public void Withdraw(long x) {
        lock (this) { val -= x; }

Lock can be set to any object
  object semaphore = new object();
  lock (semaphore) { ... critical region ... }

No synchronized methods like in Java
Class Monitor
  lock(v) Statement

is a shortcut for

  try {
  } finally {

Wait and Pulse
Monitor.Wait(lockedVar);              wait() in Java (in Java lockedVar is always this)
Monitor.Pulse(lockedVar);             notify() in Java
Monitor.PulseAll(lockedVar);          notifyAll() in Java

     Thread A                       Thread B
1    lock(v) {                  3   lock(v) {
        ...                            ...
     2 Monitor.Wait(v); 5           4 Monitor.Pulse(v);
        ...                            ...
     }                              }6

1. A comes to lock(v) and proceeds because the critical region is free.
2. A comes to Wait, goes to sleep and releases the lock.
3. B comes to lock(v) and proceeds because the critical region is free.
4. B comes to Pulse and wakes up A. There can be a context switch between A and B, but not
5. A tries to get the lock but fails, because B is still in the critical region.
6. At the end of the critical region B releases the lock; A can proceed now.

Example: Synchronized Buffer
class Buffer {                                             If producer is faster
   const int size = 4;                                       Put
   char[] buf = new char[size];                              Put
   int head = 0, tail = 0, n = 0;                            Put
    public void Put(char ch) {                               Get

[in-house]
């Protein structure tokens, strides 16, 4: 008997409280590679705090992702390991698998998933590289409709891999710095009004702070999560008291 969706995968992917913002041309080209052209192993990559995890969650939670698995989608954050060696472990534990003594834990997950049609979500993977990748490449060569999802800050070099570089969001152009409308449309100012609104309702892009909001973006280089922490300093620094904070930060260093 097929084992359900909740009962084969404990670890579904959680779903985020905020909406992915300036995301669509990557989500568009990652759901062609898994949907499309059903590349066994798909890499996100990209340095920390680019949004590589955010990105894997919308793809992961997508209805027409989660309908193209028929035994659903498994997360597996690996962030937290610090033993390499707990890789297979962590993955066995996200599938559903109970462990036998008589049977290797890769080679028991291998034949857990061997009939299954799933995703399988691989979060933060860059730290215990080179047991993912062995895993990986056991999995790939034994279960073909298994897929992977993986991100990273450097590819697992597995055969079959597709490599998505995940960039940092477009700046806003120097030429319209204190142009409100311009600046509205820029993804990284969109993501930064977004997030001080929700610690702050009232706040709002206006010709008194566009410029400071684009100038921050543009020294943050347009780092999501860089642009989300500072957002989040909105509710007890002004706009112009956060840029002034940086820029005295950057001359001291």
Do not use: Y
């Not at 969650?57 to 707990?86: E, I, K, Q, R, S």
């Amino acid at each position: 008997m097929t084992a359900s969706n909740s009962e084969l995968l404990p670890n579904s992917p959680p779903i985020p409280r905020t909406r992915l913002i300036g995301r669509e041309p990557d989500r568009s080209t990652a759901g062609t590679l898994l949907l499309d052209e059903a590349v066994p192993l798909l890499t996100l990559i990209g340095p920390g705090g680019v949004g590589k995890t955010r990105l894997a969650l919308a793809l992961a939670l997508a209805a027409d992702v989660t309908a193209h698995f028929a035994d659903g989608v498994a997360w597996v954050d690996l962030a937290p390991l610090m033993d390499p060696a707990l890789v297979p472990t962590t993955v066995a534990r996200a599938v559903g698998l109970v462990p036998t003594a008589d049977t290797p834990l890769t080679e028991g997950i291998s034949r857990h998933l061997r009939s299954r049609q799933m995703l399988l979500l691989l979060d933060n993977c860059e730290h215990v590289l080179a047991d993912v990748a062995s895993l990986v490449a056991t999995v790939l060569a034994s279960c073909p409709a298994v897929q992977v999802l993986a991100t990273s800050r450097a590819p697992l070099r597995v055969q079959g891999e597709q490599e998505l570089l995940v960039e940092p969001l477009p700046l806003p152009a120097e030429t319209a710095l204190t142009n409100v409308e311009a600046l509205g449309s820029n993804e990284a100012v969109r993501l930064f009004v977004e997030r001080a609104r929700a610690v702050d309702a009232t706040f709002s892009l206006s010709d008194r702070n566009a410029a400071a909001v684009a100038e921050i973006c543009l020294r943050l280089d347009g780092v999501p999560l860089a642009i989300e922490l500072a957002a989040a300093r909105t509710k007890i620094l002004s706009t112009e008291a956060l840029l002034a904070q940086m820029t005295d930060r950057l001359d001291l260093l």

lock(this) {                                           Put
          while (n == size) Monitor.Wait(this);              Get
          buf[tail] = ch; tail = (tail + 1) % size; n++;     ...
    }                                                      If consumer is faster
    public char Get() {                                       Get
      lock(this) {                                            Put
          while (n == 0) Monitor.Wait(this);                  Get
          char ch = buf[head]; head = (head + 1) % size;      ...
          return ch;

XML Comments

Special Comments (like javadoc)
  /// ... comment ...
  class C {
       /// ... comment ...
       public int f;

      /// ... comment ...
      public void foo() {...}

Compilation csc /doc:MyFile.xml MyFile.cs
• Checks if comments are complete and consistent
  e.g. if one parameter of a method is documented, all parameters must be documented;
  Names of program elements must be spelled correctly.
• Generates an XML file with the commented program elements
  XML can be formatted for the Web browser with XSL

Example of a Commented Source File
/// <summary> A counter for accumulating values and computing the mean value.</summary>
class Counter {